There are other languages out there although I can’t claim deep familiarity with them. From what I’ve read, a lot of indigenous people use the language of family to talk about the spirit powers they encounter. Grandfathers and grandmothers. Brothers and sisters. If you aren’t operating in a patriarchal/feudal structure to begin with, God the father has a very different feel to it.

The language of monarchy and feudalism tends to give humans a sense of power over the non-human world, which is doing us and the world no good at all. Perhaps it is time to start questioning our word choices and habits of thinking. I don’t have any suggestions for word replacements at the moment, except to acknowledge that I find the language of monarchy and feudalism really uncomfortable and I wish we didn’t use it.

Parenting without (much) authority

I’ve never liked arbitrary authority, and so I came to parenting determined that ‘because I said so’ wasn’t going to be part of my repertoire. Also, I had a theory that the more arbitrary authority there is in childhood, the less able parent and child are to adapt to the teenage years, or to relate to each other well beyond that point. I wanted to raise an autonomous human capable of thinking for themselves, and that doesn’t go with being their authority figure either.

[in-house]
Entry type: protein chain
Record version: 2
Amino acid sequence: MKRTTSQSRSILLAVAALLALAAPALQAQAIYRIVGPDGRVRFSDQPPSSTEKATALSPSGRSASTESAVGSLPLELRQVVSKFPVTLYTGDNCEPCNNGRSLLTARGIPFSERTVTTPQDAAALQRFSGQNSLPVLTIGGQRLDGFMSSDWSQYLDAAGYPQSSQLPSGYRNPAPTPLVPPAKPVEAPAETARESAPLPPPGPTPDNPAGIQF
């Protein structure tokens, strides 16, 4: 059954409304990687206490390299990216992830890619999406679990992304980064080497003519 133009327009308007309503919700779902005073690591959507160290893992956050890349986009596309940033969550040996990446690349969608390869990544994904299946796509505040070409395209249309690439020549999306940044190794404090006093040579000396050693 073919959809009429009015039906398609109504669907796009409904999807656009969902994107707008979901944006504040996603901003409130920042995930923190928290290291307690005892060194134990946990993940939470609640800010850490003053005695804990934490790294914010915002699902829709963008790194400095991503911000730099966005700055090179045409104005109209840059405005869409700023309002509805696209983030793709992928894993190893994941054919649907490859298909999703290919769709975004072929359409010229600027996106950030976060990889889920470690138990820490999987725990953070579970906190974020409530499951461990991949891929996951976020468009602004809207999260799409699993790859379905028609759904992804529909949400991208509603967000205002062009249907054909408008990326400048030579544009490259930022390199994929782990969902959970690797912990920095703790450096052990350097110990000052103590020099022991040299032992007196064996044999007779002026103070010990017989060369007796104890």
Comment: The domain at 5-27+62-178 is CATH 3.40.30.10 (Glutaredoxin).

I remember the point at which I finally realised that my parents didn’t know everything. It came as a shock, rocking my little world to its core. My trust in their authority had been founded in no small part on a belief in their infinite knowledge and insight. So as a parent I made sure my child was aware of my limits from early on. As a small chap interested in dinosaurs, he knew that he could pass me in dinosaur knowledge if he put in the time, and that it was fine to do so. As I’m not interested in power-over I’ve never felt any need to try and keep him smaller than me.